Respect for time
It’s not true that everything in the Philippines runs on “Filipino time”—the disreputable but widely tolerated national habit of always being late. Not many are aware, for instance, that nearly all the country’s professional theater companies start their shows on the dot, a practice now established enough in the local theater community as to have become unremarkable, even expected. Among the lot of performing artists, at least, it’s considered a high mark of unprofessionalism and lack of commitment to arrive for rehearsals late, or defy one’s call time, or—horrors—be tangled up in traffic and other sundry hurdles even as the lights are dimming and the curtain gets ready to rise.
Artists, of course, don’t have a monopoly on this virtue. Look around, and you realize this country is not lacking in individuals and entities with a healthy respect for time, whether imposed by workplace culture or one’s own conscientiousness.
Companies and businesses all over the country operate by their own rigorous rules on punctuality and respect for the clock, from delivery of crucial services to running internal operations. Many organizations employ a variety of means to encourage employees to show up for work on time, from rewarding the perennial early birds to penalizing the perennial latecomers. Workers who are serious enough about getting ahead in their careers know that their job appraisal hinges in part on their punctuality record—their availability to do the job, in other words, to be at their desk performing the task assigned to them within the compensated time the company expects them to. It’s no coincidence that the most accomplished people around are also, almost always, the most fanatical when it comes to fulfilling commitments on time.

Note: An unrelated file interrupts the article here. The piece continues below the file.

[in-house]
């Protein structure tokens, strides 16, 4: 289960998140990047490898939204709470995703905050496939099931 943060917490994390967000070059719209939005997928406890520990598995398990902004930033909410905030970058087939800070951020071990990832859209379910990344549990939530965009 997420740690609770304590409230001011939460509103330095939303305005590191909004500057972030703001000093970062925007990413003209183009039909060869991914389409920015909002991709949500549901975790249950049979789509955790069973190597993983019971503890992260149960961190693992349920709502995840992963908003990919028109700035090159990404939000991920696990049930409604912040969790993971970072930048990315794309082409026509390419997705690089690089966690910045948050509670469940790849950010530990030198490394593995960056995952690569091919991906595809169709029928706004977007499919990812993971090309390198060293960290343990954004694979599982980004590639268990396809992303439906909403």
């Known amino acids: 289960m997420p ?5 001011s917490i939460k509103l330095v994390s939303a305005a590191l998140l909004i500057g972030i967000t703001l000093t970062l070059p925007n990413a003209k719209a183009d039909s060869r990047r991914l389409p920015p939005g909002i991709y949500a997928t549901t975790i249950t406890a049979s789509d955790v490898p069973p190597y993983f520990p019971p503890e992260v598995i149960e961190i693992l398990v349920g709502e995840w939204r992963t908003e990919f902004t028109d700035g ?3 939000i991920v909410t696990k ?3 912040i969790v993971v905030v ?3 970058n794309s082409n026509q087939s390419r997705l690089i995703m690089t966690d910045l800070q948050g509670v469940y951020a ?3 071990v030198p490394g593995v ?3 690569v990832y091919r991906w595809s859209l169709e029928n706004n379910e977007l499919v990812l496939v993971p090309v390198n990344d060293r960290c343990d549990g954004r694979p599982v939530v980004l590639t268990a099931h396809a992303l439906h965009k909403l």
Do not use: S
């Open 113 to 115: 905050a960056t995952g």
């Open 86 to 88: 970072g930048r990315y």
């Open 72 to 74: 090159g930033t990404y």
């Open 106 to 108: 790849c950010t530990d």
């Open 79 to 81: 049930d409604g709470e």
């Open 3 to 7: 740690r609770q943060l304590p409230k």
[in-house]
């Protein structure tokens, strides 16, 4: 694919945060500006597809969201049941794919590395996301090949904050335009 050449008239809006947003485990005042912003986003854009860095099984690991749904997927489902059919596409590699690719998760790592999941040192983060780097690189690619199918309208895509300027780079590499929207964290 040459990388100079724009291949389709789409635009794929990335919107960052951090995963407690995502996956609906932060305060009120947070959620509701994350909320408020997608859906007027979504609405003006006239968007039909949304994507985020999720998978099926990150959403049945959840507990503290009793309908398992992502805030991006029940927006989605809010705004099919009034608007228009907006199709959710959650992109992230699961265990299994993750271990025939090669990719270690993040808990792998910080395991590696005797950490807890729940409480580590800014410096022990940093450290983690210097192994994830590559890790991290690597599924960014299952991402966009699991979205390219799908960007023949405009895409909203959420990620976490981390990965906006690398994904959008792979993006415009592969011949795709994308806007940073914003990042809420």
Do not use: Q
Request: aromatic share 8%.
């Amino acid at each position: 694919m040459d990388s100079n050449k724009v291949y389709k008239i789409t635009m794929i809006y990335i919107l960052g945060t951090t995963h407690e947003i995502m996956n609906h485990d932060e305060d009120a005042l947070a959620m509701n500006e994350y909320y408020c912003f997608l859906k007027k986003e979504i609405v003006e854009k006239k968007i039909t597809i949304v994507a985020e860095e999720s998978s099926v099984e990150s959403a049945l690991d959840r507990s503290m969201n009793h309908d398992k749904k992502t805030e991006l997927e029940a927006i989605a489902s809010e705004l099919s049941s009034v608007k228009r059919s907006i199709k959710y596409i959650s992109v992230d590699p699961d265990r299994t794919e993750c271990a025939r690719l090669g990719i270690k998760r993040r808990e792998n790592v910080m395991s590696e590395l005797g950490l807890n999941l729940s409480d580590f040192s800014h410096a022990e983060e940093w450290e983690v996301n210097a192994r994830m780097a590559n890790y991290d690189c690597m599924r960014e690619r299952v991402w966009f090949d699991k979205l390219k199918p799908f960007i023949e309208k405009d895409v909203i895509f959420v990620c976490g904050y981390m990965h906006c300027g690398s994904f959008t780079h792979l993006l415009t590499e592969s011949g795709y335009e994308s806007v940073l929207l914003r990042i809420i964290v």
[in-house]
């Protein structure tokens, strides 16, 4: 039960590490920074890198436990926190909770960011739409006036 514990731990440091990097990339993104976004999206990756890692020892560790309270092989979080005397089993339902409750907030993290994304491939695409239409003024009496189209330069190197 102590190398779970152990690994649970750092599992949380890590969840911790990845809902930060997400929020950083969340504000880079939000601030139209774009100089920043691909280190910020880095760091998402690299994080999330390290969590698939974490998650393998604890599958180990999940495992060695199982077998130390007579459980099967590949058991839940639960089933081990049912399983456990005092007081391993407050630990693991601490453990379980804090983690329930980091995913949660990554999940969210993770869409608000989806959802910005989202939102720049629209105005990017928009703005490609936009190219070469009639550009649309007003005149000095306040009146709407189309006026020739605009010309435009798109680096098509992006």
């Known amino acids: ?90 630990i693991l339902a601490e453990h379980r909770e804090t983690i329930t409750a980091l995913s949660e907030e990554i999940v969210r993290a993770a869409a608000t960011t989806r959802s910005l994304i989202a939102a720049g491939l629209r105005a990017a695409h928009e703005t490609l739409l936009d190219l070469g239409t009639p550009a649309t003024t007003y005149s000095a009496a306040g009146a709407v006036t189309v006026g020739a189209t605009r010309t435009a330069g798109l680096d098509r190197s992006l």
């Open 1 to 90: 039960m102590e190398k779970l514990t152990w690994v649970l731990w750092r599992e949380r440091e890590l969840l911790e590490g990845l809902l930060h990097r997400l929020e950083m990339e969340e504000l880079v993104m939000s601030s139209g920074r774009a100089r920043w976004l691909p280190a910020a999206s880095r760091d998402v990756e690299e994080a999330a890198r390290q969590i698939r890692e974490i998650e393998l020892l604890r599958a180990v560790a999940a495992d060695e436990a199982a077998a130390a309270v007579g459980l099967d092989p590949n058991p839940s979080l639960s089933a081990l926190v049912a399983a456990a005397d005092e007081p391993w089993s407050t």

It’s not the bleakest of records, but—yes, the Filipino is still, often enough, defined by a general lackadaisical attitude towards the clock—and towards the very mindset that underpins it. Too many of us continue to think being late is no big deal, and making a fuss about it is the big deal. The habit, since perceived as being practiced by nearly everyone and his cousin, no longer provokes outrage, merely a sigh of resignation or a shrug of the shoulders. Worse, it can be contagious. Keep one waiting crossly long enough, and he will think it’s normal, justified even, to do the same the next time around.
Ignoring a culture of delinquency has measurable consequences. In the United States, HR magazine once estimated that tardiness “costs US businesses more than $3 billion each year in lost productivity. The effect on the bottom line of the average business is significant: An employee who is late 10 minutes each day has, by the end of the year, taken the equivalent of a week’s paid vacation.”
That estimate was made in 2005. Six years later, the costs should be much bigger.
Transpose that figure to a country that has even learned to coin a term for its dubious custom—which, while perhaps moderated by rules in the workplace, is presumably freer to run rampant outside of it in the ordinary, day-to-day lives of people—and the picture becomes much more depressing. Jacque Ruby, Discovery Channel’s representative in Manila, sees it in starker terms: Habitually being late is “a social ill. It is no different from gambling, from eating disorders, because it affects relationships, it even affects your career. The problem is Filipinos have gotten used to it.”
Now, Ruby and the Department of Science and Technology have banded together to launch “Juan Time,” a campaign to reinvent “Filipino time” into something more edifying than the shorthand for national tardiness that it is at present. “With Juan Time, Filipino time will come to mean ‘on time’ and no longer late,” said Science and Technology Secretary Mario Montejo.
Juan Time also encourages everyone to synchronize their watches with the Philippine standard time displayed on the website of Pagasa, the official timekeeper of the Philippines by law since 1978. But “Juan Time is not just about standardizing our time, it’s time management… Otherwise, you will miss the important things,” said Ruby.
Are they tilting with windmills? Maybe. But it’s still an initiative worth supporting, for the important shift in mindset it may help engender. After all, if this country could learn to lay off on the excuses and show up on time, set aside procrastination and fix itself to deliver, it could find itself outside of its present mediocre straits and on the path to better things. It’s been a laggard long enough.
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